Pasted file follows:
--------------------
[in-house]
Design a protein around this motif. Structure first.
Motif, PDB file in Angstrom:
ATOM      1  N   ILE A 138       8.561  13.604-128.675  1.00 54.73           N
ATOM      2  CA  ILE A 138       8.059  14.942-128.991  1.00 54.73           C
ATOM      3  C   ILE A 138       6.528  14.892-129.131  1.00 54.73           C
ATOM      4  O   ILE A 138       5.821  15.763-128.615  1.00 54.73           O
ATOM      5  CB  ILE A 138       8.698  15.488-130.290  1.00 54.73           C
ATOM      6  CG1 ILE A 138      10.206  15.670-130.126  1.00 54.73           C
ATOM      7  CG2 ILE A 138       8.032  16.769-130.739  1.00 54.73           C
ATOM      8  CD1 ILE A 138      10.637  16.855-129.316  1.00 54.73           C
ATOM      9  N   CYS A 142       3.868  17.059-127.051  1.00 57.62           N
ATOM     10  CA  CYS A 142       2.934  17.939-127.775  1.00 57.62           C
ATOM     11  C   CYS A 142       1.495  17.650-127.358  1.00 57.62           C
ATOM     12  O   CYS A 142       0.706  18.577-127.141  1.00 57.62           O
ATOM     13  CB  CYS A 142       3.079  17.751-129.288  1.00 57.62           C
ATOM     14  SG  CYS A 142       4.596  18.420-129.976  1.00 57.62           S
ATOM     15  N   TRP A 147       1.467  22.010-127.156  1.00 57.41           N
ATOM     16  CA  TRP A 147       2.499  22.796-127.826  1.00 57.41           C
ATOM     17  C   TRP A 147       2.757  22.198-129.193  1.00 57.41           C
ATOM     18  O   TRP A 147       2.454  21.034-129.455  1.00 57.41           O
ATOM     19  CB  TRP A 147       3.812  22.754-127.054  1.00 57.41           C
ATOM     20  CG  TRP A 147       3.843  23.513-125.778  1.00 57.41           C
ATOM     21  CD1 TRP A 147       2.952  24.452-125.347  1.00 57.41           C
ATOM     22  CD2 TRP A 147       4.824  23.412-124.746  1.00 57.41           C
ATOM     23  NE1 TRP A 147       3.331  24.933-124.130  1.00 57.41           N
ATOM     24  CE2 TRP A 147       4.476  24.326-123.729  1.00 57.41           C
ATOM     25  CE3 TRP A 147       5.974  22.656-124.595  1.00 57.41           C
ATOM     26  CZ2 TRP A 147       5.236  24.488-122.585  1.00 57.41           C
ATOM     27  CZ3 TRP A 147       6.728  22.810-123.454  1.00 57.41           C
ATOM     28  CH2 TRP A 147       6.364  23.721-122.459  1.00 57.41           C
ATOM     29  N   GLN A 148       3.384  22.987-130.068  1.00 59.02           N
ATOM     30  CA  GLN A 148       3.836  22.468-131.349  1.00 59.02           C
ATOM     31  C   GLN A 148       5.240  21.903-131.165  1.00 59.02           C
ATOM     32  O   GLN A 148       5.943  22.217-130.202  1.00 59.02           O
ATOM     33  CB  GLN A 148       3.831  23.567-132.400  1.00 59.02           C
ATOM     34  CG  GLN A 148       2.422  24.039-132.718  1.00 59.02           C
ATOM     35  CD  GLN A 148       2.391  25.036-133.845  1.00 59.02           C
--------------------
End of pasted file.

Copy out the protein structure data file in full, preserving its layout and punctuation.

[in-house]
Design a protein around this motif. Structure first.
Motif, PDB file in Angstrom:
ATOM      1  N   ILE A 138       8.561  13.604-128.675  1.00 54.73           N
ATOM      2  CA  ILE A 138       8.059  14.942-128.991  1.00 54.73           C
ATOM      3  C   ILE A 138       6.528  14.892-129.131  1.00 54.73           C
ATOM      4  O   ILE A 138       5.821  15.763-128.615  1.00 54.73           O
ATOM      5  CB  ILE A 138       8.698  15.488-130.290  1.00 54.73           C
ATOM      6  CG1 ILE A 138      10.206  15.670-130.126  1.00 54.73           C
ATOM      7  CG2 ILE A 138       8.032  16.769-130.739  1.00 54.73           C
ATOM      8  CD1 ILE A 138      10.637  16.855-129.316  1.00 54.73           C
ATOM      9  N   CYS A 142       3.868  17.059-127.051  1.00 57.62           N
ATOM     10  CA  CYS A 142       2.934  17.939-127.775  1.00 57.62           C
ATOM     11  C   CYS A 142       1.495  17.650-127.358  1.00 57.62           C
ATOM     12  O   CYS A 142       0.706  18.577-127.141  1.00 57.62           O
ATOM     13  CB  CYS A 142       3.079  17.751-129.288  1.00 57.62           C
ATOM     14  SG  CYS A 142       4.596  18.420-129.976  1.00 57.62           S
ATOM     15  N   TRP A 147       1.467  22.010-127.156  1.00 57.41           N
ATOM     16  CA  TRP A 147       2.499  22.796-127.826  1.00 57.41           C
ATOM     17  C   TRP A 147       2.757  22.198-129.193  1.00 57.41           C
ATOM     18  O   TRP A 147       2.454  21.034-129.455  1.00 57.41           O
ATOM     19  CB  TRP A 147       3.812  22.754-127.054  1.00 57.41           C
ATOM     20  CG  TRP A 147       3.843  23.513-125.778  1.00 57.41           C
ATOM     21  CD1 TRP A 147       2.952  24.452-125.347  1.00 57.41           C
ATOM     22  CD2 TRP A 147       4.824  23.412-124.746  1.00 57.41           C
ATOM     23  NE1 TRP A 147       3.331  24.933-124.130  1.00 57.41           N
ATOM     24  CE2 TRP A 147       4.476  24.326-123.729  1.00 57.41           C
ATOM     25  CE3 TRP A 147       5.974  22.656-124.595  1.00 57.41           C
ATOM     26  CZ2 TRP A 147       5.236  24.488-122.585  1.00 57.41           C
ATOM     27  CZ3 TRP A 147       6.728  22.810-123.454  1.00 57.41           C
ATOM     28  CH2 TRP A 147       6.364  23.721-122.459  1.00 57.41           C
ATOM     29  N   GLN A 148       3.384  22.987-130.068  1.00 59.02           N
ATOM     30  CA  GLN A 148       3.836  22.468-131.349  1.00 59.02           C
ATOM     31  C   GLN A 148       5.240  21.903-131.165  1.00 59.02           C
ATOM     32  O   GLN A 148       5.943  22.217-130.202  1.00 59.02           O
ATOM     33  CB  GLN A 148       3.831  23.567-132.400  1.00 59.02           C
ATOM     34  CG  GLN A 148       2.422  24.039-132.718  1.00 59.02           C
ATOM     35  CD  GLN A 148       2.391  25.036-133.845  1.00 59.02           C